LOS ANGELES — Her nine years playing a no-nonsense wife on the hit sitcom "Every-body Loves Raymond" proved to Patricia Heaton that family strife has universal appeal.
"Everyone related to 'Raymond,' " says the two-time Emmy winner, because "family emotions are a big deal." No surprise, then, that the actress, in her first big post-"Raymond" role, is starring in TNT's "The Engagement Ring," which she describes as a "sort of comic opera of grand emotions."
Premiering Monday at 6 p.m., "The Engagement Ring" is a romantic story about the interwoven family lives of rival vintners of Italian heritage in California's Napa Valley (though most of the film was shot in British Columbia).
Heaton plays Sara Anselmi, whose desire to merge the two vineyards in order to create a new vintage heightens long-simmering resentments.
Heaton's husband, David Hunt, plays Sara's cold-hearted, business-minded fiance, his ear constantly pressed to a cell phone. Vincent Spano is Tony Di Cenzo, a member of the rival family, whose very different freeform attitude toward life and love stirs Sara's untapped emotions.
The senior generation in the families experience equally complex romantic entanglements, marked by fate and choice.
"In a way I'm the love interest" exclaims Lainie Kazan, 65, who plays Sara's mother, Alicia. Despite a girlhood romance with Tony's uncle (Tony Lo Bianco), Alicia married Sara's father (Chuck Shamata).
Kazan says she responded instantly to the script's "visceral emotions" because, "I have those feelings, big feelings."
Heaton, who had nurtured the film project for several years, says she was attracted to the script's exploration of "true love, and what it is, and how do you know what it is. Is it just chemistry, or is it years and years of commitment and being together and hanging in there building a history? And how do you find both?"
As the mother of four sons ages 6 to 12, Heaton knows about finding balance in life. Snatching time for a quick lunch at a coffee shop near her Los Angeles home, the 47-year-old actress exudes the air of someone who can cope.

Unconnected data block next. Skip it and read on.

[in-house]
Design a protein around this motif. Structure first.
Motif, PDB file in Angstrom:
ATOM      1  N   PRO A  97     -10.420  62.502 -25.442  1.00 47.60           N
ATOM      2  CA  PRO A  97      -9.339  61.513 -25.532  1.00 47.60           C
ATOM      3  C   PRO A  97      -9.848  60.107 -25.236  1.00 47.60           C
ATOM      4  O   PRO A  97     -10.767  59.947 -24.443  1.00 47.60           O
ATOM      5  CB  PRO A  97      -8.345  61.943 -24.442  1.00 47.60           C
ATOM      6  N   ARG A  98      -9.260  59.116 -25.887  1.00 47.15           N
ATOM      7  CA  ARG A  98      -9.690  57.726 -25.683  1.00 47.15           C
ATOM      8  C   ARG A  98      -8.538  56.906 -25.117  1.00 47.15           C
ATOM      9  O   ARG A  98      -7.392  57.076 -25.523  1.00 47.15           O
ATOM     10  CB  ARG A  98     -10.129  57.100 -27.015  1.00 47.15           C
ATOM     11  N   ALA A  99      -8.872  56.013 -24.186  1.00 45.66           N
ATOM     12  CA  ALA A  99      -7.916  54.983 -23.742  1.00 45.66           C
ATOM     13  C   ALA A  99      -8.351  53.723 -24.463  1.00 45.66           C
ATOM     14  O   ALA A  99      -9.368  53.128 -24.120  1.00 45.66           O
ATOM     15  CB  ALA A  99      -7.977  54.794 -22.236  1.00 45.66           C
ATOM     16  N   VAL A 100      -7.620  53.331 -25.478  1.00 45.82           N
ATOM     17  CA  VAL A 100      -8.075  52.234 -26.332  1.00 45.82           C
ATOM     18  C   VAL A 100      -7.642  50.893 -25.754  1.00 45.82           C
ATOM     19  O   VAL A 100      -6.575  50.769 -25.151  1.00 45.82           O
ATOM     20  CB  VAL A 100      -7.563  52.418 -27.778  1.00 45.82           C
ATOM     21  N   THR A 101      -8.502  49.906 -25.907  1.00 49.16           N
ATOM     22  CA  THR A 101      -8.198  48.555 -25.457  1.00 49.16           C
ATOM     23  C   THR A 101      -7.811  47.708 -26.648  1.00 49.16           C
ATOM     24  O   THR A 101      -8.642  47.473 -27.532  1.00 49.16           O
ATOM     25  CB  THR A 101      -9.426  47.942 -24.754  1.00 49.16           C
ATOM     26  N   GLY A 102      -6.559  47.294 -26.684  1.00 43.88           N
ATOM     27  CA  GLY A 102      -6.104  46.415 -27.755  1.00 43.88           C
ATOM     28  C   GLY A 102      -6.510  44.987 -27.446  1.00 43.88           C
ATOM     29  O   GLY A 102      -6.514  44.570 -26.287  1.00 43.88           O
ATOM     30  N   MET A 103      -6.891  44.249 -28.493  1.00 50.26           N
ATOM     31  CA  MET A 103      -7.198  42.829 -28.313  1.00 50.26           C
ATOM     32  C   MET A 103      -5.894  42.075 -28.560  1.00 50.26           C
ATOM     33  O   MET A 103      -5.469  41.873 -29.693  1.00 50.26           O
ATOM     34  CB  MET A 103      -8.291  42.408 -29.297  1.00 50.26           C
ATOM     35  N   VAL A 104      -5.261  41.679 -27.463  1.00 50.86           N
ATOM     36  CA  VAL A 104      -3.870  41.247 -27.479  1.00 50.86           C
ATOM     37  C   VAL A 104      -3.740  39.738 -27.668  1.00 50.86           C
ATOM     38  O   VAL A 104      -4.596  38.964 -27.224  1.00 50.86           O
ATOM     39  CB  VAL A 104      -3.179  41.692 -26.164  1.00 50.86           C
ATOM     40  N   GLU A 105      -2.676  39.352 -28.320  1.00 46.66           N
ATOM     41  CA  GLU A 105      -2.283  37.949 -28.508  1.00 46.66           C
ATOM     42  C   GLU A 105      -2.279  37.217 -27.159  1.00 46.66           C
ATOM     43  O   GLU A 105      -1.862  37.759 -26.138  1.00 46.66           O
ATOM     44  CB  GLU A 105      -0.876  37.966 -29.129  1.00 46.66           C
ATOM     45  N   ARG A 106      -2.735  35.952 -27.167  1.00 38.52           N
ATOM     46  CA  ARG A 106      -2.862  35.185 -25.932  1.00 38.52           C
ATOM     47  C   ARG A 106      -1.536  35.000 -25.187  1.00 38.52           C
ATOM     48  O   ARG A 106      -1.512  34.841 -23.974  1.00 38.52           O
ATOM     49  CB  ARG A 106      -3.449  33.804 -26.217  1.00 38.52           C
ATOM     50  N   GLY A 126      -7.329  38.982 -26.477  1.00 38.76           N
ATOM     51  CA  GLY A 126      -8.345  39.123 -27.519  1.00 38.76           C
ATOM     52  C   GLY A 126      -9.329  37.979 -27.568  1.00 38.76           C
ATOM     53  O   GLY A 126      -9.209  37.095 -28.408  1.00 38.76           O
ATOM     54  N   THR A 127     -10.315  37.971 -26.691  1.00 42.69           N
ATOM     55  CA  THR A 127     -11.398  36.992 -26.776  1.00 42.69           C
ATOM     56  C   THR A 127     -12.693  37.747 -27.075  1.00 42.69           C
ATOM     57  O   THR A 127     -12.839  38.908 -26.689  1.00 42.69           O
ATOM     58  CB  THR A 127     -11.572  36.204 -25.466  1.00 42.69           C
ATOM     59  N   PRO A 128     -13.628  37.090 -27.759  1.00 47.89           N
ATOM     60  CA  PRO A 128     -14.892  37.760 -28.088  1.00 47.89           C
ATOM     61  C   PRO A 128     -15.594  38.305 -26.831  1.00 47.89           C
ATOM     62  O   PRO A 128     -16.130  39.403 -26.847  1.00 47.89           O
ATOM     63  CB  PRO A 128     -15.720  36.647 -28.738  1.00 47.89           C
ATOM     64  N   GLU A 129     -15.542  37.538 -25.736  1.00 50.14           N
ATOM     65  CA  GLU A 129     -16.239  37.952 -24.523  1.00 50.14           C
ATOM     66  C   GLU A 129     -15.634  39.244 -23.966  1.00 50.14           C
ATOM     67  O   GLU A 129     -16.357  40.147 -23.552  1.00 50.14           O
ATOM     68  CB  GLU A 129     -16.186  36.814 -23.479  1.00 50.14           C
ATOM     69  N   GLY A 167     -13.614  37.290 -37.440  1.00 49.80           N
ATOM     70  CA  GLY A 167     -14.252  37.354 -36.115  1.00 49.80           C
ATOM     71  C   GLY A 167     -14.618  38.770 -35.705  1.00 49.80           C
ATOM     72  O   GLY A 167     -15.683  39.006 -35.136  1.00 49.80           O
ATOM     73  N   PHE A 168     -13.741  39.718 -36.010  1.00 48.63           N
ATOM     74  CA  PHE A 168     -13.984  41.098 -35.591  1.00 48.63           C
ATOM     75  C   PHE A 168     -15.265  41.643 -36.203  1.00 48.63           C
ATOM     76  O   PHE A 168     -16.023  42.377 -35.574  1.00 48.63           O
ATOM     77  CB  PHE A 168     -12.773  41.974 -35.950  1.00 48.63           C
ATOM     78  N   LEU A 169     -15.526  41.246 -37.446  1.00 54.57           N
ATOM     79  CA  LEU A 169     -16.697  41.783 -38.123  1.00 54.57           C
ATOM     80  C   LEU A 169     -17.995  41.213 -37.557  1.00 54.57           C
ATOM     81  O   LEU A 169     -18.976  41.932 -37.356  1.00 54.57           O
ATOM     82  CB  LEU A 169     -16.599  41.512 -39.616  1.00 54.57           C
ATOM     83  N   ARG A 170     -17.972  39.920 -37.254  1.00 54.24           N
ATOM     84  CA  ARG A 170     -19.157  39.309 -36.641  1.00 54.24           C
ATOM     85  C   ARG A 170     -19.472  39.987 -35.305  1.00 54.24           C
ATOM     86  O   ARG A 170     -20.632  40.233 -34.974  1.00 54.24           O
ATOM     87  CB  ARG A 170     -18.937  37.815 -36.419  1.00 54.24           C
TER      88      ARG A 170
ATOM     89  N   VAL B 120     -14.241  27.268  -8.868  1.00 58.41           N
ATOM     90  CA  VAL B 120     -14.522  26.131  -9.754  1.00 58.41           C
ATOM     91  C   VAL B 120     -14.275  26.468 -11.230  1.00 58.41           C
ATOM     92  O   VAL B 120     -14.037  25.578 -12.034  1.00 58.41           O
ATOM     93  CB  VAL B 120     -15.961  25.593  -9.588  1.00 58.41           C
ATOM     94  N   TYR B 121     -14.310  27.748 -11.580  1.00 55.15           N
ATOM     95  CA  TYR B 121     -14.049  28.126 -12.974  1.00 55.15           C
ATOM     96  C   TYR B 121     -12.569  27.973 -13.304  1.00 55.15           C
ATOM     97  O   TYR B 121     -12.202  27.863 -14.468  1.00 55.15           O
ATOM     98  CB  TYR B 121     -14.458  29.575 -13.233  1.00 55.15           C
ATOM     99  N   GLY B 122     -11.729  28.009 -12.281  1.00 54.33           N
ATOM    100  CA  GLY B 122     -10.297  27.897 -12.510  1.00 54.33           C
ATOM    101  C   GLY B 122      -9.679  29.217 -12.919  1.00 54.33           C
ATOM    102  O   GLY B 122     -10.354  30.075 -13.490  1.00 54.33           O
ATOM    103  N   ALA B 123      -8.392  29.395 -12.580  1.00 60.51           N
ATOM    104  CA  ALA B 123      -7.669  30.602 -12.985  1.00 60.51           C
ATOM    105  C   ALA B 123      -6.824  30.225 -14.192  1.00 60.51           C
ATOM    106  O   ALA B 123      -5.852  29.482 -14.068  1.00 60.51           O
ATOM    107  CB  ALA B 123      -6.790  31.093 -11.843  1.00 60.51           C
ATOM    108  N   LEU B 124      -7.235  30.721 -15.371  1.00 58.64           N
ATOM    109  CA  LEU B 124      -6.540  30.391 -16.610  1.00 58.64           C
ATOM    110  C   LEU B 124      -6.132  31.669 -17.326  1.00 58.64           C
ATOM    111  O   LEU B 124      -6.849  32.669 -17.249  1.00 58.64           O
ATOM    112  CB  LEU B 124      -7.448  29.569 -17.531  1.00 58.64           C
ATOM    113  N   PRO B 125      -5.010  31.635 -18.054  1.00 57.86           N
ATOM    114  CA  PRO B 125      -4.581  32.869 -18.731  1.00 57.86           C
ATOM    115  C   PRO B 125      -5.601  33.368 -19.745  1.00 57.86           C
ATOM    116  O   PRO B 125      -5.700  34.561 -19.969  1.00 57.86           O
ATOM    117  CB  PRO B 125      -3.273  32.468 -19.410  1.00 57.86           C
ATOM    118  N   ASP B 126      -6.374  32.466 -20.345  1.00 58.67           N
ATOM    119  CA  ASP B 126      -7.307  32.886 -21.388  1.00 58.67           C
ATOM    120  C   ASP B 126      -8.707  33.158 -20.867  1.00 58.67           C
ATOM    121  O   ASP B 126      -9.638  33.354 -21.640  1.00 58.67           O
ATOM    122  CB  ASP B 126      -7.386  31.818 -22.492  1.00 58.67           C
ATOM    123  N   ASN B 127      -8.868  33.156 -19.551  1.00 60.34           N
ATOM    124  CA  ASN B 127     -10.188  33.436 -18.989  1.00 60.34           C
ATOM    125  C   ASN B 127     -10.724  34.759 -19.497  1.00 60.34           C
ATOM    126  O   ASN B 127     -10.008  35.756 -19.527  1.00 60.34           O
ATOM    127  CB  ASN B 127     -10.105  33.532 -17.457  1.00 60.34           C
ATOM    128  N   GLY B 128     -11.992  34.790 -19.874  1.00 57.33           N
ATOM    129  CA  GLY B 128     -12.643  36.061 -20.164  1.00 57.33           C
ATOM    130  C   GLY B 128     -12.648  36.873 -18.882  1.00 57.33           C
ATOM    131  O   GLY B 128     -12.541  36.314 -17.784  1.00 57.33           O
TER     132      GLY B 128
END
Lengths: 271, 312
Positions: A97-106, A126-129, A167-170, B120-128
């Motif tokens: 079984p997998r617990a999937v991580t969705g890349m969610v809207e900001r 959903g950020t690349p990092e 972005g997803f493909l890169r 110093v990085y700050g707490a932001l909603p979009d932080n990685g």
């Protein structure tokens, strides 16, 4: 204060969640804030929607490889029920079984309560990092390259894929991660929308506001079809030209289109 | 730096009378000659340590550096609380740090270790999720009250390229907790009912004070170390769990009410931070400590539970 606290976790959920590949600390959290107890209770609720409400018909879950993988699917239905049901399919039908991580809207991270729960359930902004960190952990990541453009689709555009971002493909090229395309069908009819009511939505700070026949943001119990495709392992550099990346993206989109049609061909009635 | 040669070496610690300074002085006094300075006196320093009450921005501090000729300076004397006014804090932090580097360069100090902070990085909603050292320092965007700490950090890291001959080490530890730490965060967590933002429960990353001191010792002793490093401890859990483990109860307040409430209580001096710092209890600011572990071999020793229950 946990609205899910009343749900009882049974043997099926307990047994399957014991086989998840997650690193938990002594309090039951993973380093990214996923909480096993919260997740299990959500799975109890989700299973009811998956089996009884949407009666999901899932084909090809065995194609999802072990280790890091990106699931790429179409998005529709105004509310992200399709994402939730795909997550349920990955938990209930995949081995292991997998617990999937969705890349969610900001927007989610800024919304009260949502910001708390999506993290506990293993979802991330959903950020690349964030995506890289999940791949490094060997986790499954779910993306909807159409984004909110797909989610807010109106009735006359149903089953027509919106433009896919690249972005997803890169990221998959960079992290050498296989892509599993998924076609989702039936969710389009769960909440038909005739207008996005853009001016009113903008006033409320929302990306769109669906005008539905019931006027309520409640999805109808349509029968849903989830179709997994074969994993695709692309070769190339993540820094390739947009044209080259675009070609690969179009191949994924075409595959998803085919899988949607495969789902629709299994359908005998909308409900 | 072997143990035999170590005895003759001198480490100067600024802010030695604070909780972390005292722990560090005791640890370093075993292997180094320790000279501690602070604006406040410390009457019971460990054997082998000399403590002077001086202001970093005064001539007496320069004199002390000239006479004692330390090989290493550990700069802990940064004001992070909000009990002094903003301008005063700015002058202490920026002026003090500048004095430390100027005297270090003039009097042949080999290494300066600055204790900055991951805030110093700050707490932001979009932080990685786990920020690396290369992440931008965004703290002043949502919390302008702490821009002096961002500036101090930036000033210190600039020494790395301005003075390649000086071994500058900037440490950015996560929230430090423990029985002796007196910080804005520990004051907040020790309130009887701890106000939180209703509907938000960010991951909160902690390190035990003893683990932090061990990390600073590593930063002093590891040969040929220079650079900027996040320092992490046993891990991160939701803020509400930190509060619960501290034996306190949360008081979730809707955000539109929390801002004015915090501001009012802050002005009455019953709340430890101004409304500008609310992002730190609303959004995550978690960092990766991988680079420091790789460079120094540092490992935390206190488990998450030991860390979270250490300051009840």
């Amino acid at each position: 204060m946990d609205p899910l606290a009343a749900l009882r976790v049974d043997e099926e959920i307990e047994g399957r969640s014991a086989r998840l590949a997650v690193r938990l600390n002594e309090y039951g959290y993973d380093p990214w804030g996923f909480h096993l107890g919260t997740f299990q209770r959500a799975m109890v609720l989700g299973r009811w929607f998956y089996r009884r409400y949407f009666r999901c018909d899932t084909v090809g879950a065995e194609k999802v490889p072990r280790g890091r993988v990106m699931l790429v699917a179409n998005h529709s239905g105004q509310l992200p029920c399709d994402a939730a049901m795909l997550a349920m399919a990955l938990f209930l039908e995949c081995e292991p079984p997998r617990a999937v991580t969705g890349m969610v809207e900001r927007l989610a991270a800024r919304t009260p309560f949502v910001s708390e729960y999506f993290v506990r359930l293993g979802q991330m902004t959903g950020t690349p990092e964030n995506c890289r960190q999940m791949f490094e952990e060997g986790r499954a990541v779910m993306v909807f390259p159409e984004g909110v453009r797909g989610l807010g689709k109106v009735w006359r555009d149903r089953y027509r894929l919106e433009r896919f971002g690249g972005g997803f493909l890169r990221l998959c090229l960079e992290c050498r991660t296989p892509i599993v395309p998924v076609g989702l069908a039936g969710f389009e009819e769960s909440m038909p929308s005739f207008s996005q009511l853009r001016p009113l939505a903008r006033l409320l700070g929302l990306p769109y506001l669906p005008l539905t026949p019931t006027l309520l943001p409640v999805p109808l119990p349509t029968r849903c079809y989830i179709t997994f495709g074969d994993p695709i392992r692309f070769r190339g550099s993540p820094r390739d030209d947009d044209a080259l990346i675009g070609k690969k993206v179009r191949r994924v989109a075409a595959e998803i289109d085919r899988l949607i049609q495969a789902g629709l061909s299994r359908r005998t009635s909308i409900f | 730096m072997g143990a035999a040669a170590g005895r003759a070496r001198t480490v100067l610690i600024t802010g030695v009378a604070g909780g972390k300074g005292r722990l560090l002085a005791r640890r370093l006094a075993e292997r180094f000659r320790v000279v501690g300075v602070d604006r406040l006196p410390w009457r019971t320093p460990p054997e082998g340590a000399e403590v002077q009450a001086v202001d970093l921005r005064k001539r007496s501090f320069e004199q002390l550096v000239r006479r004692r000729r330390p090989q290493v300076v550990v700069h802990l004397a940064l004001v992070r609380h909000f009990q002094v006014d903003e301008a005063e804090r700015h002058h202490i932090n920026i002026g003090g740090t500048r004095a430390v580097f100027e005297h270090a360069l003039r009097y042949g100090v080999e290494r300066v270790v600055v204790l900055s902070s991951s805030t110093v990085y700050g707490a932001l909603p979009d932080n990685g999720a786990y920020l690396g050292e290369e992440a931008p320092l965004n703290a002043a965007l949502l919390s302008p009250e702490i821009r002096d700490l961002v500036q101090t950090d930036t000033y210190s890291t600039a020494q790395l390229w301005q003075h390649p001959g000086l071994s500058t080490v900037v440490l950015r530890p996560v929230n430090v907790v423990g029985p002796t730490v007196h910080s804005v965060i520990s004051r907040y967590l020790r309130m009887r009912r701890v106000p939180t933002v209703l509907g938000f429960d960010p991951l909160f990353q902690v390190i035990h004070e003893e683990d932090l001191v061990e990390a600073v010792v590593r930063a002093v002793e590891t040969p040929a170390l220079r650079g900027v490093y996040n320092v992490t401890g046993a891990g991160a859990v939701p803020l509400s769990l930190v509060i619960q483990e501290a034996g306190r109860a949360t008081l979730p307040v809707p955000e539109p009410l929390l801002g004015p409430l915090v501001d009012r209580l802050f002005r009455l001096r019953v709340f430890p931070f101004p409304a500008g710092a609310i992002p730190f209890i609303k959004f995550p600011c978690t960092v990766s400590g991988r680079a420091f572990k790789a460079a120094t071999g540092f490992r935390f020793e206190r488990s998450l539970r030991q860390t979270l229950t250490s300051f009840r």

But she explains that it was probably a little easier to organize her life when she was locked into the comfortable routine of sitcom production, where "the schedule gave a lot of time to be with the kids, be home, make good money, and have fun. And really what more could you ask for!"
Heaton and her husband run a production company, Four Boys Films, and she's in the "early, early" stages of developing a possible sitcom for herself. She'll play someone, she says, "fairly close to who I am."
Other projects from Four Boys, which produced "Ring," include a documentary feature called "The Bituminous Coal Queens of Pennsylvania," a portrait of small-town America, and "Amazing Grace," a feature film, to be directed by Michael Apted, about William Wilberforce, an 18th century English anti-slavery activist.
Heaton says she and her husband like to seek out stories that "are fairly uplifting," and that their goal is to "explore humanity without being either sentimental or nihilistic."
As she moves on, she does so with no regrets about "Everybody Loves Raymond" ending. "It was a wonderful nine years, but I think it was really time to go."
Is she bothered at all by the fame and relentless recognition that "Raymond" brought?
"Bothered? Me? You're kidding! All my life I've waited for that moment. People say, 'Oh, you must get so tired of it.' I say, 'I didn't work in restaurants and hotels all those years in New York so people would ignore me!' I'm really at a point where I really enjoy it."